Information fusion is a formal framework which used as a tool for the alliance of data originating from different sources. It aims at obtaining information of greater quality [45]. This technique originated in the field of military at the beginning of the eighties and is widely used in different fields with different goals, such as dimensionality reduction, precision and certainty etc [46]. Mathematical tools play an important role in data fusion and many kinds of theories are used by scientists in the information fusion field, such as probability theory [47], neural networks [48-49] and fuzzy subset theory [50-52] and evidence theory [53-54].

In this study, we apply the mathematical framework of the multi-kernel regression to extract the regression coefficient as the optimal weighting for credit risk assessment. Kernel regression [55-56] is a non-parametric technique in statistics to estimate the conditional expectation of a random variable. Multiple kernel learning (MKL) method was originally proposed in the field of bioinformatics which is used to synthesize information from disparate types of genomic data [57-58]. Gnen and Alpaydin [59] gave a review several multiple kernel learning algorithm and perform experiments on real datasets for better illustration and comparison of existing algorithms. Noble [60] reviewed the state of the art with respect to SVM applications in computational biology and groups the method of data fusion into the intermediate combination, the early combination, and the late combination methods.

The lending of money is traditionally handled by financial institutions. However, individual lenders bid on unsecured microloans sought by other individual borrowers and P2P lending is characterized by unique uncertainty and risk accordingly. In order to reduce the uncertainty arising from P2P lending, lenders should make fully use of all the market information. On the one hand, as is widely recognized, borrower credit information plays an important role in loan evaluation. On the other hand, lender information is shown to be useful for indicating loan values. Specifically, Luo et al. [61] found that investor composition is a powerful screening tool of valuable loans. However, it remains unclear how to put lender and borrower/loan information together to guide personal investors’ selection of investments more effectively.

To the best of our knowledge, there is no existing work to build multi-kernel information fusion loan evaluation models, which combine both borrower credit information and investor composition information to quantitatively evaluate a loan for making better investment decisions in P2P lending. In this study, we use multiple kernels instead of selecting one specific kernel function and its corresponding parameters to propose a multi-kernel loan evaluation model for investment decisions in P2P lending.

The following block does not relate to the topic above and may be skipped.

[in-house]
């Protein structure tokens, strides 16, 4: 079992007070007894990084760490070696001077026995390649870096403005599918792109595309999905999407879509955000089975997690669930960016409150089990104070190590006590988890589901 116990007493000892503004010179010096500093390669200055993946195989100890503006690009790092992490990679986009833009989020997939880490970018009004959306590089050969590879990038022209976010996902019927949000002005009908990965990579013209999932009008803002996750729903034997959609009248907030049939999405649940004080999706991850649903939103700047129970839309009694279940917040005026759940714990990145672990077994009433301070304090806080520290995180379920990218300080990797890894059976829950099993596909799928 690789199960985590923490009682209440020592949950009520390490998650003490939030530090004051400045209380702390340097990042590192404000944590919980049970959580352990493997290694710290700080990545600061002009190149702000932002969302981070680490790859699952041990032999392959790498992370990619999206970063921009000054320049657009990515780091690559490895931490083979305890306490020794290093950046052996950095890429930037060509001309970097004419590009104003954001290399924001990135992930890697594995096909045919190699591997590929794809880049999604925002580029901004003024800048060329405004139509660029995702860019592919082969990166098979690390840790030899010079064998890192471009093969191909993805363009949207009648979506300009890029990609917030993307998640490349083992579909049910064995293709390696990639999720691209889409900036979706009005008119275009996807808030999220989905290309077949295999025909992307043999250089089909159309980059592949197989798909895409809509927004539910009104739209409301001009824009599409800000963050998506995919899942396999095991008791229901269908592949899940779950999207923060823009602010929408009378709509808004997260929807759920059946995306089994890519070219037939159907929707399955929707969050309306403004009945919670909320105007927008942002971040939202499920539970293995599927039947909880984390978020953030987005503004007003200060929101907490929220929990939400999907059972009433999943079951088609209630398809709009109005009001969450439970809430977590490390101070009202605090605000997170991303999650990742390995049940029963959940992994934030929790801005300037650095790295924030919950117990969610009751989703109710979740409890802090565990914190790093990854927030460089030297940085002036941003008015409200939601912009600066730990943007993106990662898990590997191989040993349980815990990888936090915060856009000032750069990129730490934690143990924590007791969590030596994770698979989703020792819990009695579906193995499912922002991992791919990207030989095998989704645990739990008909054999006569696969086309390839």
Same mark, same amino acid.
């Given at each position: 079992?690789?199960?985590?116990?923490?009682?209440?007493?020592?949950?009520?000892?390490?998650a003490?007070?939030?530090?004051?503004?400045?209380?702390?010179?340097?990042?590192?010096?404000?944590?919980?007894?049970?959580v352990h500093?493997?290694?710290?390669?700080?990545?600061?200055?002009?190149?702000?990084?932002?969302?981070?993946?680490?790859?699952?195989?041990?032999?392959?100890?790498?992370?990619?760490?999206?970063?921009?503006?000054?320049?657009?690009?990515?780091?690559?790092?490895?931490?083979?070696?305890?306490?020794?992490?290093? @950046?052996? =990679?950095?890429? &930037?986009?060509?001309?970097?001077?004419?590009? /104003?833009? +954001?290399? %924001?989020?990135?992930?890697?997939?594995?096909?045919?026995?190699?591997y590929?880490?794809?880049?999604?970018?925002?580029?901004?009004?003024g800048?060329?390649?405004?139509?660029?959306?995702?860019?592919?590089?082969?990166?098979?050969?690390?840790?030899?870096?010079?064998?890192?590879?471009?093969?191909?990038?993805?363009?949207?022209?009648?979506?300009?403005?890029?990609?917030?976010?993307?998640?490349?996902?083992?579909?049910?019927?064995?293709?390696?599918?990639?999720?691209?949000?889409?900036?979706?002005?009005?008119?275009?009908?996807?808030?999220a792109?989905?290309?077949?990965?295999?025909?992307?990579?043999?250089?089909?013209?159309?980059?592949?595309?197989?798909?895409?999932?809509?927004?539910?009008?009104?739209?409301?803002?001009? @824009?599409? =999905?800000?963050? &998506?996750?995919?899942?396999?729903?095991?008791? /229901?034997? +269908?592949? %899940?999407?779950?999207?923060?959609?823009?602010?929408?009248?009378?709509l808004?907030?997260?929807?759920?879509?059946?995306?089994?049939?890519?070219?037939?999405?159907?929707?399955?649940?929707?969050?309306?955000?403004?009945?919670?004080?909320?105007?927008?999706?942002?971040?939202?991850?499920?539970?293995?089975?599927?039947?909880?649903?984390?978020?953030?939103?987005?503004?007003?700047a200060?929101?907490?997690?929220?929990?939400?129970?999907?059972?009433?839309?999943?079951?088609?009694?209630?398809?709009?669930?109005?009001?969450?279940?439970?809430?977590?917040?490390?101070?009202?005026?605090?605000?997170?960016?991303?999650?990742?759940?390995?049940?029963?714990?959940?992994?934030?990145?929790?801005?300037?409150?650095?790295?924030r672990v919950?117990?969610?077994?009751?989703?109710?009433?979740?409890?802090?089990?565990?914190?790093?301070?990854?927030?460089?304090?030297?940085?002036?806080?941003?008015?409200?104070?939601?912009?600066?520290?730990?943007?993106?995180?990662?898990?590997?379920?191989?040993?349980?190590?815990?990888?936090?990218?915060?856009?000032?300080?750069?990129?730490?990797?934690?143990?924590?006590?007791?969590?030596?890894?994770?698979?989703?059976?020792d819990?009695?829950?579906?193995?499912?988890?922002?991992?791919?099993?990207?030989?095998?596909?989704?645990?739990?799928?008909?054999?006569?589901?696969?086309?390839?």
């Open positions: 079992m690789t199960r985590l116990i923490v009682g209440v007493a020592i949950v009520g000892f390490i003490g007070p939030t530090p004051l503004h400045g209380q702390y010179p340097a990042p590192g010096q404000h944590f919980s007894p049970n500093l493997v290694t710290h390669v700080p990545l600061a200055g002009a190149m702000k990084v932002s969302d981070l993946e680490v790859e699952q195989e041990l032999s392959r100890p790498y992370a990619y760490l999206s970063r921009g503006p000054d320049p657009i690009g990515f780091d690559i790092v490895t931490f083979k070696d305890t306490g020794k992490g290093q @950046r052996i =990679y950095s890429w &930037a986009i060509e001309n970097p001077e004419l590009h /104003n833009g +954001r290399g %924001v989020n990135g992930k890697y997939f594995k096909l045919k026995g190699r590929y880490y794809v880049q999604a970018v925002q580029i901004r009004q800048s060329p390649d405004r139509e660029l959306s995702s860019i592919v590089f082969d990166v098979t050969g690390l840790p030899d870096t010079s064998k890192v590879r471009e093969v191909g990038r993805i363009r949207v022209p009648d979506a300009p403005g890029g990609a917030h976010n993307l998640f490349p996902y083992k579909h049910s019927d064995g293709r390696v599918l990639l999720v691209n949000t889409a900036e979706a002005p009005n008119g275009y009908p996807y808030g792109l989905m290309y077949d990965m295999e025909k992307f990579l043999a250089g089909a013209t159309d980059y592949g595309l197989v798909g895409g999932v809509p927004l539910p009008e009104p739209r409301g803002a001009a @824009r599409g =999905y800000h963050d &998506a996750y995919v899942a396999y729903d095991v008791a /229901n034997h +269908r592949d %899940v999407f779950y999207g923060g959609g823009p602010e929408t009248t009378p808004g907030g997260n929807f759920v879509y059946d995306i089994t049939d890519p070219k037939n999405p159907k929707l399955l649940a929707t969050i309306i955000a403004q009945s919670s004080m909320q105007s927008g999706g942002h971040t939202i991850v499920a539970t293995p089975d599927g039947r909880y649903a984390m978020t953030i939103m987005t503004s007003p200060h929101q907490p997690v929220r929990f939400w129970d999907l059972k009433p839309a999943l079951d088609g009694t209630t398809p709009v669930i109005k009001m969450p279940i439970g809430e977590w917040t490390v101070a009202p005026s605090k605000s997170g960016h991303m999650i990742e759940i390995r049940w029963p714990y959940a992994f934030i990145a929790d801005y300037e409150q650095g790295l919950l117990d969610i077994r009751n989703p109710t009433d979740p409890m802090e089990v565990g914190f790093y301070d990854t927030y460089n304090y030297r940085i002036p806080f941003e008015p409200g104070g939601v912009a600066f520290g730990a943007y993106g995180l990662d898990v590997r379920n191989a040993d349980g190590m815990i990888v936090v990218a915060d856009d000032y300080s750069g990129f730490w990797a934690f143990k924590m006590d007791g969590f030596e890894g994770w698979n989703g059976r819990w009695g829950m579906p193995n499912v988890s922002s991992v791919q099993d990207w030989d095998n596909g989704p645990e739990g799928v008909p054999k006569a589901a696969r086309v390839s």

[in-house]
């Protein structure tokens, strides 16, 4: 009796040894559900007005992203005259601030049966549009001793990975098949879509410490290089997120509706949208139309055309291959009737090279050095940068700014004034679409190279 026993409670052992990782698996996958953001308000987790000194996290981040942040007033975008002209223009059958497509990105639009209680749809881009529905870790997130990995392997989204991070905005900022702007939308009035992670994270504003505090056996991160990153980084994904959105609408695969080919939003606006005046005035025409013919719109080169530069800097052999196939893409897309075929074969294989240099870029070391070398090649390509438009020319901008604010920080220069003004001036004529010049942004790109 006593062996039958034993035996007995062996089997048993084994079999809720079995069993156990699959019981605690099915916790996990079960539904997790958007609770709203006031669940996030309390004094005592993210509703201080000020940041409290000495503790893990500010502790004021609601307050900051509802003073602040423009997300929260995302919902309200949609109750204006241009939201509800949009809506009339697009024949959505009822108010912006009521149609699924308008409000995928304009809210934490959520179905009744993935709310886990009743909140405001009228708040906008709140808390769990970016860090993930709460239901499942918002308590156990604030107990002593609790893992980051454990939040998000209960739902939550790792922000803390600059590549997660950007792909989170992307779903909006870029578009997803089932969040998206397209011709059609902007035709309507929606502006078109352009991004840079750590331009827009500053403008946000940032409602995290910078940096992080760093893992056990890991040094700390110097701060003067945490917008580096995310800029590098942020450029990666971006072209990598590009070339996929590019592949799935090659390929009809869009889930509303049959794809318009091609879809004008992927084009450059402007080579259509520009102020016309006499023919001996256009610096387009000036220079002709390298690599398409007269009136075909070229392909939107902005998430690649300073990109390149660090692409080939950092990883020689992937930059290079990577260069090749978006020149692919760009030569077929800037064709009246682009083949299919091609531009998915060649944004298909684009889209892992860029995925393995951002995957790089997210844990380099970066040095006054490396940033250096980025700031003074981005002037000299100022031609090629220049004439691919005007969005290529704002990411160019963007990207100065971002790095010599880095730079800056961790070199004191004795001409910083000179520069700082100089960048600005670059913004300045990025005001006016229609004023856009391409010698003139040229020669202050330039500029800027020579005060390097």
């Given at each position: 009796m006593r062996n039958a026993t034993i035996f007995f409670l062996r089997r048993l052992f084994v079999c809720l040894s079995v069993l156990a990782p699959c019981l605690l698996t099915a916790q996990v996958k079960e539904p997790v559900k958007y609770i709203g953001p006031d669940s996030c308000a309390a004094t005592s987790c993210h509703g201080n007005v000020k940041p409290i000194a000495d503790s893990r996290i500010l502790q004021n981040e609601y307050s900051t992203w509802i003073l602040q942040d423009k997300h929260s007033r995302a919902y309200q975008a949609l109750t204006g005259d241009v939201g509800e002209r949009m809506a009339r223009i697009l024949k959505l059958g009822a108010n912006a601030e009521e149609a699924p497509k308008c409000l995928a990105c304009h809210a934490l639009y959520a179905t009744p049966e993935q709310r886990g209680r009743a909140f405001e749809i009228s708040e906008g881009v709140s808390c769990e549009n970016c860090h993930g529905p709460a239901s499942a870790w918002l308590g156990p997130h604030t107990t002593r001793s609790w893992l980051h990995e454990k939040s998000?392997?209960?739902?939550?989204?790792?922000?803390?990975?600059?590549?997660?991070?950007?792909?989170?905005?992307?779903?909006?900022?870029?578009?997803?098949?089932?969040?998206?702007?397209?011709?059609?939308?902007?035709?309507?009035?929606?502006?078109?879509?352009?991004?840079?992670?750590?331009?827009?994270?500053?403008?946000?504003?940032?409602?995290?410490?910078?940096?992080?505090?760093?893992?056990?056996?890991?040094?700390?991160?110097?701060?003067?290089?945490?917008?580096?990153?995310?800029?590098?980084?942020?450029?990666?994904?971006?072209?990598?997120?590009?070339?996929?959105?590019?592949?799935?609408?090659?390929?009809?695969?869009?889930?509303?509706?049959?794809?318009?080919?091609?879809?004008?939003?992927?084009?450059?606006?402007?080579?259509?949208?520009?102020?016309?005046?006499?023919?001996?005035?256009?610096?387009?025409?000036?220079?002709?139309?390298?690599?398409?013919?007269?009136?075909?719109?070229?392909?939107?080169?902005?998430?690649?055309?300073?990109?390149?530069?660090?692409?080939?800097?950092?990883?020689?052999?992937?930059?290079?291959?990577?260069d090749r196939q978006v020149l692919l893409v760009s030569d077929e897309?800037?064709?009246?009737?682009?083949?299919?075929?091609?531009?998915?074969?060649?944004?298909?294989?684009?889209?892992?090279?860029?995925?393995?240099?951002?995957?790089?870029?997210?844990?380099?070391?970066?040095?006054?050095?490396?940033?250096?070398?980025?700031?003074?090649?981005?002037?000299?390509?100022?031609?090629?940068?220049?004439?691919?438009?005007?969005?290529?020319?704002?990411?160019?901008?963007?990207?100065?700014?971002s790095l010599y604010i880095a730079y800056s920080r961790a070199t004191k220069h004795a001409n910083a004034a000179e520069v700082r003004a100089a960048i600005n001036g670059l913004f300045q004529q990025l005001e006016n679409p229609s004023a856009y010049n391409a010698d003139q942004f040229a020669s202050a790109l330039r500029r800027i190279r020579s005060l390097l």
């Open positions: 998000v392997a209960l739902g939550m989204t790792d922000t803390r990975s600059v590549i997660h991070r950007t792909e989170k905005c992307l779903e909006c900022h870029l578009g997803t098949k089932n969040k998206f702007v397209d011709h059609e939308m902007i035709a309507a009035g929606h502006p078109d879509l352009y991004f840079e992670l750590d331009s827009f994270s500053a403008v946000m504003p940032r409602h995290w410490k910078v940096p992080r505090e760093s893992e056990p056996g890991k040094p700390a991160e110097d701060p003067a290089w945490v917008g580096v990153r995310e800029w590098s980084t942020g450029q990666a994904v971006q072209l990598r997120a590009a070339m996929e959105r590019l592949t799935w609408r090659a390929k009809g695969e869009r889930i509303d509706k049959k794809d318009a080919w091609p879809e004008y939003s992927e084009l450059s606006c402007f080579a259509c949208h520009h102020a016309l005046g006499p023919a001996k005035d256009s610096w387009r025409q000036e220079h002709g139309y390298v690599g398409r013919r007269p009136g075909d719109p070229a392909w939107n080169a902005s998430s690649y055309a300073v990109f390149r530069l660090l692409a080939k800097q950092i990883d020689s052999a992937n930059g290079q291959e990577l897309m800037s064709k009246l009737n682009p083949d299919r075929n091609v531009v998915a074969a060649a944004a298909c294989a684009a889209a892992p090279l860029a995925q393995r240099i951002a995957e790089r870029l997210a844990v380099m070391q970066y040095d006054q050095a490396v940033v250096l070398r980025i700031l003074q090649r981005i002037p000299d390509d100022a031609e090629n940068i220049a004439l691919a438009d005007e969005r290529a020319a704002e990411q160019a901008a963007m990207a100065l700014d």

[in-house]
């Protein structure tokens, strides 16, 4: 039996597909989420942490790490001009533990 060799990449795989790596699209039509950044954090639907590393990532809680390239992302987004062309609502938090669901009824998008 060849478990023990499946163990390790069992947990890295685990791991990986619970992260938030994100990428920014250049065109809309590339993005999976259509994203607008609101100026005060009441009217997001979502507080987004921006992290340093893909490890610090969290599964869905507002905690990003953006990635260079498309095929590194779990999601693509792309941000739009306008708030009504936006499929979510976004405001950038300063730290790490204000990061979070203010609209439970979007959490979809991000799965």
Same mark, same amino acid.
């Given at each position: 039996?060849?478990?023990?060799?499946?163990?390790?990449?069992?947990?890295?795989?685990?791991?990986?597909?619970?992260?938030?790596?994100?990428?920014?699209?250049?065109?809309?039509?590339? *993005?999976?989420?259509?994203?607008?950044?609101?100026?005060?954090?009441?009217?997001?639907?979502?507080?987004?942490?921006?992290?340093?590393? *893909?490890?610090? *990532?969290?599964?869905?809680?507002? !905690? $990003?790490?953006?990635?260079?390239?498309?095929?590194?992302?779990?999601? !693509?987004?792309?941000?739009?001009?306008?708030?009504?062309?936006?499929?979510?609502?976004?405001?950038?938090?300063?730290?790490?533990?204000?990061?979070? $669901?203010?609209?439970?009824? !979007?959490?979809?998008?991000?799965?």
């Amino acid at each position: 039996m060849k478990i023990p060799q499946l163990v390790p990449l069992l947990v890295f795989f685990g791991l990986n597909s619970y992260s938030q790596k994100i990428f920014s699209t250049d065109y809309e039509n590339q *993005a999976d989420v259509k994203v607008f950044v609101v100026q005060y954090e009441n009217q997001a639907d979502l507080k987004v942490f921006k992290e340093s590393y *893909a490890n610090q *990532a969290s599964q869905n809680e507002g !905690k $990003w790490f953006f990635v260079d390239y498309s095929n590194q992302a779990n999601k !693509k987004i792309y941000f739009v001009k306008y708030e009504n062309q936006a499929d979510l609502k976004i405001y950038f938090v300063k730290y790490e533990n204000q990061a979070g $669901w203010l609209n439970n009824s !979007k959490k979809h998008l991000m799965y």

3. Operationalization of Two Information Sources in P2P Lending

In this section, we explain the operationalization of two information sources in P2P lending. We first introduce two information sources in P2P lending which are fused to help investors enhance their investment decisions. To be specific, we take borrower credit information and investor composition information into consideration and then we describe the operationalization of the two sources information respectively before information fusion

3.1 Two information sources in P2P network

Different from traditional banks, individuals are allowed to lend to and borrow from each other directly through P2P lending online platform. In a P2P lending marketplace, the borrower applies for a loan, called listing, and other people are allowed to bid on it. A listing automatically becomes a loan when certain criteria are satisfied. Typically, a lender would like to spread his money across many different loans to reduce risk through diversification, and as a result, a loan is usually funded by many lenders.

Figure 1. Information sources in P2P network

Considering investors, loans, and their relation (i.e. the actual amount invested), the P2P lending marketplace can be modeled as a bipartite investment network that represents a typical many-to-many investment relationship. The information sources in P2P investment networks can be grouped into two categories as shown in Figure 1: the borrower's credit information of loans and the investment information of investor.

The borrower's credit information of loans has been considered as the most important information source to assess the risk of loan. Tremendous efforts have been made to establish credit records for loan evaluation in traditional bank industries. To help lenders reduce risk, Prosper, the most advanced P2P lending platform, provides the rating of each loan based on the borrower's credit information such as loan amount, borrower's credit and so on. This process is similar to traditional commercial banks evaluating the risk levels of businesses. Therefore, loans are divided into seven groups, each group with the same risk. We call such a model rating-based model (R-model).